The Ulster Museum is part of National Museums Northern Ireland, which also includes the Ulster Folk & Transport Museum, Ulster American Folk Park, the W5 Science Centre and Armagh County Museum. And best of all, admission is free.
Botanic Gardens is an important part of Belfast's Victorian heritage and a popular meeting place for residents, students and tourists.
Botanic Gardens was established in 1828 by the Belfast Botanic and Horticultural Society, in response to the public interest in horticulture and botany.
Originally known as the Belfast Botanic Garden, the site contained exotic tree species and impressive plant collections from the southern hemisphere, many of which can still be seen in the park.
Today, the park is popular with residents, students and visitors and is an important venue for concerts, festivals and other events. It is home to the Palm House and the Tropical Ravine.
Late 18th-century tower mill in use until 1915 and still in working order.
Ballycopeland Windmill is the only remaining working windmill in East Down. It was built in the late 18th or early 19th century and was worked until the First World War when it fell into disrepair. It was gradually restored between 1950 and 1978 to full working order.
A small visitor centre is located inside the Millers house.
Disabled access is not possible within the windmill. This is a group of traditional buildings on a sloping site with changes of level. Wheelchair users can gain access to the exhibition but may find this difficult. Some parts of the complex are inaccessible for wheelchairs.
At the top of Scrabo Hill, overlooking Strangford Lough and the whole of North Down, is Scrabo Tower. The tower, which was built in 1857, is one of Northern Ireland’s best known landmarks and the views from the top are spectacular.
Strathclyde Country Park is an iconic North Lanarkshire Country park which lies in 400 hectares of countryside in the valley of the River Clyde. Set within beautiful surroundings the park is one of the most popular family attractions in the central belt of Scotland, with thousands of visitors coming each year to the park in order to enjoy the vast range of activities and events on offer.
Sir Thomas and Lady Dixon Park in south Belfast is one of the city's most popular parks.
The park is home to the City of Belfast International Rose Garden, which attracts thousands of visitors to Rose Week celebrations which take place in July each year. Covering more than 128 acres, the park is made up of rolling meadows, copses, woodland and gardens and is home to a wide range of plants and animals.
An ideal base for exploring nearby Lagan Valley Regional Park, it contains international camellia trials, a walled garden, a Japanese-style garden with water features for quiet contemplation, children's playground and orienteering and eco trails. There is also a bottle bank, barbecue area, picnic tables and full car parking facilities.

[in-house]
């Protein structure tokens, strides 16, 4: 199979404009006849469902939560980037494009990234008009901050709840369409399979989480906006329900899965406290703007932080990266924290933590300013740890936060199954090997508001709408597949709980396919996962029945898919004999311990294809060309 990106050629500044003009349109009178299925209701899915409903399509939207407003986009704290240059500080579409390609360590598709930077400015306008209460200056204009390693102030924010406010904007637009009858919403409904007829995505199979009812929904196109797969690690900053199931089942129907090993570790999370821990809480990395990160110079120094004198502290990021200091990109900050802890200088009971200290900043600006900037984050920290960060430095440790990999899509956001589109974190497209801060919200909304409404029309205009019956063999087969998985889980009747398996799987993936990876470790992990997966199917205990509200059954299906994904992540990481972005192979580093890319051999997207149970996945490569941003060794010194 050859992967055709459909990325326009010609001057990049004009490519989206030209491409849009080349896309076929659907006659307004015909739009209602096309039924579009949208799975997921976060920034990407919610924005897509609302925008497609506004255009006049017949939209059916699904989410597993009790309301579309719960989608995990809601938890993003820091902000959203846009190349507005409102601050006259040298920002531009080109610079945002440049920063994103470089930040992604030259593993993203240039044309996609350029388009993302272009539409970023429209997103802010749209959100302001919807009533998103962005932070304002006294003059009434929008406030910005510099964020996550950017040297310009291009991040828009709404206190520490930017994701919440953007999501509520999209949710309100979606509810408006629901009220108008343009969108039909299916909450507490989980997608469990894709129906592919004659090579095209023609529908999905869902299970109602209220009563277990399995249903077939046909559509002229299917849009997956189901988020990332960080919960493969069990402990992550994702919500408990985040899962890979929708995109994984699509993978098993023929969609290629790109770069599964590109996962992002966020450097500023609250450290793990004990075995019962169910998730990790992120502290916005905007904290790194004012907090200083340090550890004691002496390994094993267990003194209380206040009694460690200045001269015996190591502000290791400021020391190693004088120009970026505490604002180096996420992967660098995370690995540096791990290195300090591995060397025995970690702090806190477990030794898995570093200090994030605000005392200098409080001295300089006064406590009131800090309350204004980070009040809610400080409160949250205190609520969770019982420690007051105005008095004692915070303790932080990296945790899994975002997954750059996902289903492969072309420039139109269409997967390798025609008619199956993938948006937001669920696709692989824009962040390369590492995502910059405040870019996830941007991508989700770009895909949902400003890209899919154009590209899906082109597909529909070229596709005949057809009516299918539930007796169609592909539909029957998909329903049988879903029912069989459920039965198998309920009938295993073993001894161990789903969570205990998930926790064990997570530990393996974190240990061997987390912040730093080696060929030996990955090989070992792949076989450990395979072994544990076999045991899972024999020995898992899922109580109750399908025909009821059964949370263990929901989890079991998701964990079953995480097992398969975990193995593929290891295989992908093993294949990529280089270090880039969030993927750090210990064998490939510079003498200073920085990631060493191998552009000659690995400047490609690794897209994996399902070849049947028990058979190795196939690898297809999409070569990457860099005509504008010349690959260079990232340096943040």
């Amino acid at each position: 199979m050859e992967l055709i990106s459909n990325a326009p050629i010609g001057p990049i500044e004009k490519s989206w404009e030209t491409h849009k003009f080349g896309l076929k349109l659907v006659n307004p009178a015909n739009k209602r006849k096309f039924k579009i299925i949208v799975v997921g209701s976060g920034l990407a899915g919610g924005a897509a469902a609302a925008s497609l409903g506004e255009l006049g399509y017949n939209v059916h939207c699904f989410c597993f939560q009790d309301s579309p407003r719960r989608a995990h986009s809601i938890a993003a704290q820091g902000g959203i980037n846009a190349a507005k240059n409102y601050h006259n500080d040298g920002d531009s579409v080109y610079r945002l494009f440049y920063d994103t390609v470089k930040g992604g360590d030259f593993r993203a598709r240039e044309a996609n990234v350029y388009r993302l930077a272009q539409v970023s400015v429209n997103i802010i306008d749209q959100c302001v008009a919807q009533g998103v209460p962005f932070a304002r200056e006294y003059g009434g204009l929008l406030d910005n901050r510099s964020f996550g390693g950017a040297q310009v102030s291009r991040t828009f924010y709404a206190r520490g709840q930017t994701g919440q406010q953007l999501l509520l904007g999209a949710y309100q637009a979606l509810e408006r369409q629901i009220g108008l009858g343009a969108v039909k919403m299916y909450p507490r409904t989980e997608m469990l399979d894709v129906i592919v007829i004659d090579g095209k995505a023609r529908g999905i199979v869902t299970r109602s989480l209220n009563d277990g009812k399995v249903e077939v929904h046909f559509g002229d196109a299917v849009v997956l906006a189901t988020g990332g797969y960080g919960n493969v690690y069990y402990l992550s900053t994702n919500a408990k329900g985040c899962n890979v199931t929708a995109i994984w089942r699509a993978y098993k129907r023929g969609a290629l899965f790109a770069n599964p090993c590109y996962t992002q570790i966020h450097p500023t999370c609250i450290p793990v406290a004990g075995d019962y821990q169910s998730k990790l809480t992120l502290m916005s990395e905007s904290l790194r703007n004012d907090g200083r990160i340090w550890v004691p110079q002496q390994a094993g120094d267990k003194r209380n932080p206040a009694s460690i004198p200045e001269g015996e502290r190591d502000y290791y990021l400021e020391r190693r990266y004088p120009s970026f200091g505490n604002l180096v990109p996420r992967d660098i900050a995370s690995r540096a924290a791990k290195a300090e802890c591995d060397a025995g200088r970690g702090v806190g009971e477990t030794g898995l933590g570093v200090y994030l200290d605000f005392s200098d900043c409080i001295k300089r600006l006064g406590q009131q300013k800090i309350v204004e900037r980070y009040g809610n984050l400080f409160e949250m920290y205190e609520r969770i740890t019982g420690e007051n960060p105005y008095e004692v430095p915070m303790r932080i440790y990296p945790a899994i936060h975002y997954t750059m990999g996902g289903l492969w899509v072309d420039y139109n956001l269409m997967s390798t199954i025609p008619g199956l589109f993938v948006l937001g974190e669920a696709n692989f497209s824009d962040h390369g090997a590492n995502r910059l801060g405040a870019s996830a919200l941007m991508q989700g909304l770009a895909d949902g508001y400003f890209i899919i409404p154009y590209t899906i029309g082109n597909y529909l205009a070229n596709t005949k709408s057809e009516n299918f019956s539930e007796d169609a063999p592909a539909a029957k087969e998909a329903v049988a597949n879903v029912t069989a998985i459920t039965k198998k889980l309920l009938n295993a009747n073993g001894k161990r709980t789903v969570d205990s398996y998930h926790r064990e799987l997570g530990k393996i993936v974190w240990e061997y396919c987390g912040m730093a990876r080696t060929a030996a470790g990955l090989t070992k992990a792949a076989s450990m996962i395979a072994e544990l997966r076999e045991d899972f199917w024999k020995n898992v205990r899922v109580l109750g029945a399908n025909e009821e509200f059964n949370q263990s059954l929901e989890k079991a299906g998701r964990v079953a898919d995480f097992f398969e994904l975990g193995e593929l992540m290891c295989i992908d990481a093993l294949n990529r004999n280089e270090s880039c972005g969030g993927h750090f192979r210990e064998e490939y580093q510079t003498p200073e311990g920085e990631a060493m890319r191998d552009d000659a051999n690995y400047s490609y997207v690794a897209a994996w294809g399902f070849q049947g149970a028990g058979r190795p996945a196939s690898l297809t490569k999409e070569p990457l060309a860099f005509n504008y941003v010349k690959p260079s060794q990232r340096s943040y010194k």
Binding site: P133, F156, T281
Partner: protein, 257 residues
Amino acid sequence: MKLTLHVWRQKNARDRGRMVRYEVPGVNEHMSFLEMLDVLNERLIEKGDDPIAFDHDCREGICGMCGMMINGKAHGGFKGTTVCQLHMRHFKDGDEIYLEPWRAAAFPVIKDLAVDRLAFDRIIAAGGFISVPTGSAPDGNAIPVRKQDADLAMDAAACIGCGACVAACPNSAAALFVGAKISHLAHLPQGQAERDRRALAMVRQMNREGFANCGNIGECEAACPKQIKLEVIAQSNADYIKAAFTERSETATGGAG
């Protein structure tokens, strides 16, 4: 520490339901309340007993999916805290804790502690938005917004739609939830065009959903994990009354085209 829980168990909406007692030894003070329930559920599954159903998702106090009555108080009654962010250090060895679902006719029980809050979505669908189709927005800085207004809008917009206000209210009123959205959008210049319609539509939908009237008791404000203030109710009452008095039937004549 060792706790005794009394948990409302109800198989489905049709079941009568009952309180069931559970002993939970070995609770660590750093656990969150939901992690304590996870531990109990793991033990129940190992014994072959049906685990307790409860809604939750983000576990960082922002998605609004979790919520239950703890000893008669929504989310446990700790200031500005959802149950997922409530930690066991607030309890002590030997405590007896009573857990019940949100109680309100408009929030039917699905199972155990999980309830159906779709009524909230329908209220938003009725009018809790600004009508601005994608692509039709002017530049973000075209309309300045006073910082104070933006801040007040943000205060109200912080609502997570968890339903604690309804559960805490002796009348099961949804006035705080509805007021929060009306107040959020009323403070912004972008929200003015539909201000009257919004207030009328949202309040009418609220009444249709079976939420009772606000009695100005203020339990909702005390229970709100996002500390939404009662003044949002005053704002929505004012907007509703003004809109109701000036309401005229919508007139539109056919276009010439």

Mount Stewart, located on the shores of Strangford Lough in County Down, is Northern Ireland’s much-loved family home. Following a three year £8 million restoration programme, this 19th- century house has been significantly transformed, making it a must-see attraction on the island of Ireland.
Voted as one of the top ten gardens in the world, Mount Stewart reflects a rich tapestry of design and planting artistry bearing the hallmark of its creator. Edith, Lady Londonderry’s passion for bold planting schemes coupled with the mild climate of Strangford Lough allows rare and tender plants from across the globe to thrive in this celebrated garden. Each of the formal gardens exudes a distinct character and appeal.
Mount Stewart is a delight for the senses with a series of formal themed garden compartments around the house including The Italian, Spanish, Mairi and Shamrock Garden.
With its calm, tranquil atmosphere, and stunning views across the Firth of Forth, Lauriston is the perfect place to escape from the bustle of the city centre.
Enjoy a woodland walk, a visit to award-winning Japanese garden, or step back in time and experience what life was like in an Edinburgh middle-class home at the beginning of the 20th century.
The wildest visitor attraction in Scotland. Edinburgh Zoo is home to over 1,000 rare and beautiful animals from around the world and home to the UK's only giant pandas and koalas.
RZSS Edinburgh Zoo is packed with fun and un-zoo-sual things to do. Why not watch zoo's famous penguin parade and visit the world’s only Knighted penguin, Sir Nils Olav. Or spend your day learning about brilliant birds, mischievous meerkats, super strong sun bears and more with daily keeper talks!
Get closer than ever to monkeys, lemurs, wallabies and pelicans in a walkthrough habitats or at a daily animal-handling sessions. Watch a Sumatran tiger walk right over your head in Tiger Tracks, an amazing glass viewing tunnel. And if you prefer smaller critters, you’ll enjoy Wee Beasties where you can find reptiles, amphibians and insects.
Edinburgh Zoo is unlike any other visitor attraction in Scotland. As part of RZSS, one of Scotland’s leading conservation charities, the Park acts as a gateway to our wider work, both here in Scotland and in over 20 countries around the world.
Edinburgh Castle is one of the most exciting historic sites in Western Europe, Set in the heart of Scotland's dynamic capital city it is sure to capture your imagination. The scenery will take your breath away.